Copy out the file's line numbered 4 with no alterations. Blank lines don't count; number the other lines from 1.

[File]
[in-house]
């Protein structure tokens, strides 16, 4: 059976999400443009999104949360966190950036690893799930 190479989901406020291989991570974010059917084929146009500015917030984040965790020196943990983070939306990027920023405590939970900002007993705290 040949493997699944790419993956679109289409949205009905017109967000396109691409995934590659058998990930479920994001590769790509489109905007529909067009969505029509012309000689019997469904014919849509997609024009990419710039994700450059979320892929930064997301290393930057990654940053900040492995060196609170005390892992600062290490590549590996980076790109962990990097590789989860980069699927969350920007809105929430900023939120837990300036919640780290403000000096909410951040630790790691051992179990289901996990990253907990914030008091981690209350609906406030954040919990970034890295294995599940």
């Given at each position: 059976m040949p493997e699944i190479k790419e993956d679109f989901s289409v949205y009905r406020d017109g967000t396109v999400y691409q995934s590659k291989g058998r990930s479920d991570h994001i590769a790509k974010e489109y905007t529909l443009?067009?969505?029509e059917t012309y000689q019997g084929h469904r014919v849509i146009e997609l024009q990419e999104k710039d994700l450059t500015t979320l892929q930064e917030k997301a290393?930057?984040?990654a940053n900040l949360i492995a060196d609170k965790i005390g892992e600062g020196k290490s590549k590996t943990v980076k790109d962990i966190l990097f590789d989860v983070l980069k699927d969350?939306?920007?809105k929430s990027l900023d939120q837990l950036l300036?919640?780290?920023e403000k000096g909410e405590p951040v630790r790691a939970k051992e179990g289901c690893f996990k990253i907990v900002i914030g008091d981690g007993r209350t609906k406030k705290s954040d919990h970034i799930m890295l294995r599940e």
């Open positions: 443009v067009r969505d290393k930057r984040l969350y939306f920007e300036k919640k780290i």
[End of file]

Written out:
């Open positions: 443009v067009r969505d290393k930057r984040l969350y939306f920007e300036k919640k780290i």